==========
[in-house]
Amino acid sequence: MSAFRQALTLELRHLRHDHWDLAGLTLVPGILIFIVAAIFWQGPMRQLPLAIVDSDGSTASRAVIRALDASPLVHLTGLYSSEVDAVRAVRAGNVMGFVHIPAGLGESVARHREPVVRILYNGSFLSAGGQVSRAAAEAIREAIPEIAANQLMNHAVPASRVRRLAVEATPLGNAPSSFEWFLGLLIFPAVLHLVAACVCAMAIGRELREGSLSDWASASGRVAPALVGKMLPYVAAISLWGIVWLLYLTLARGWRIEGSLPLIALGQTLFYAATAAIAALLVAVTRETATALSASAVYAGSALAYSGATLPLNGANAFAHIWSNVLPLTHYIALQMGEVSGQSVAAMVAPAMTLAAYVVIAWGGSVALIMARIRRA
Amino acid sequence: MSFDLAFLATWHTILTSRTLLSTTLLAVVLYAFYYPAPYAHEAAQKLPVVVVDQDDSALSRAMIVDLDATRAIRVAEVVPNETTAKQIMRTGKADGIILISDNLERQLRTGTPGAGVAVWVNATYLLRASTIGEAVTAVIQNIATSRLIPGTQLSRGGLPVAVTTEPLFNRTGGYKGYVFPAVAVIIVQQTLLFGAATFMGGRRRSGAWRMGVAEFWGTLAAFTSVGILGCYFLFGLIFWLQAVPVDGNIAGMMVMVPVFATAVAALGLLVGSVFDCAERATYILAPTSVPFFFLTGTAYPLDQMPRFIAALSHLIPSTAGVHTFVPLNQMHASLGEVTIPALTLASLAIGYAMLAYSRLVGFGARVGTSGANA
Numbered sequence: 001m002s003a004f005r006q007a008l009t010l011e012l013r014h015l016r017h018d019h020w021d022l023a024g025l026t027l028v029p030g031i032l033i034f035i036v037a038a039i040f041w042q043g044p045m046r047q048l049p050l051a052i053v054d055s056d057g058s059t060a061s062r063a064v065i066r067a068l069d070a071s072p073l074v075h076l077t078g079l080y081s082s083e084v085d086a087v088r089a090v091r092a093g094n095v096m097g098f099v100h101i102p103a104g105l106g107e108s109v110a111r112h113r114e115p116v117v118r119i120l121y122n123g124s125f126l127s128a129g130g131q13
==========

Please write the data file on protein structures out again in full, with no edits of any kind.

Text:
[in-house]
Amino acid sequence: MSAFRQALTLELRHLRHDHWDLAGLTLVPGILIFIVAAIFWQGPMRQLPLAIVDSDGSTASRAVIRALDASPLVHLTGLYSSEVDAVRAVRAGNVMGFVHIPAGLGESVARHREPVVRILYNGSFLSAGGQVSRAAAEAIREAIPEIAANQLMNHAVPASRVRRLAVEATPLGNAPSSFEWFLGLLIFPAVLHLVAACVCAMAIGRELREGSLSDWASASGRVAPALVGKMLPYVAAISLWGIVWLLYLTLARGWRIEGSLPLIALGQTLFYAATAAIAALLVAVTRETATALSASAVYAGSALAYSGATLPLNGANAFAHIWSNVLPLTHYIALQMGEVSGQSVAAMVAPAMTLAAYVVIAWGGSVALIMARIRRA
Amino acid sequence: MSFDLAFLATWHTILTSRTLLSTTLLAVVLYAFYYPAPYAHEAAQKLPVVVVDQDDSALSRAMIVDLDATRAIRVAEVVPNETTAKQIMRTGKADGIILISDNLERQLRTGTPGAGVAVWVNATYLLRASTIGEAVTAVIQNIATSRLIPGTQLSRGGLPVAVTTEPLFNRTGGYKGYVFPAVAVIIVQQTLLFGAATFMGGRRRSGAWRMGVAEFWGTLAAFTSVGILGCYFLFGLIFWLQAVPVDGNIAGMMVMVPVFATAVAALGLLVGSVFDCAERATYILAPTSVPFFFLTGTAYPLDQMPRFIAALSHLIPSTAGVHTFVPLNQMHASLGEVTIPALTLASLAIGYAMLAYSRLVGFGARVGTSGANA
Numbered sequence: 001m002s003a004f005r006q007a008l009t010l011e012l013r014h015l016r017h018d019h020w021d022l023a024g025l026t027l028v029p030g031i032l033i034f035i036v037a038a039i040f041w042q043g044p045m046r047q048l049p050l051a052i053v054d055s056d057g058s059t060a061s062r063a064v065i066r067a068l069d070a071s072p073l074v075h076l077t078g079l080y081s082s083e084v085d086a087v088r089a090v091r092a093g094n095v096m097g098f099v100h101i102p103a104g105l106g107e108s109v110a111r112h113r114e115p116v117v118r119i120l121y122n123g124s125f126l127s128a129g130g131q13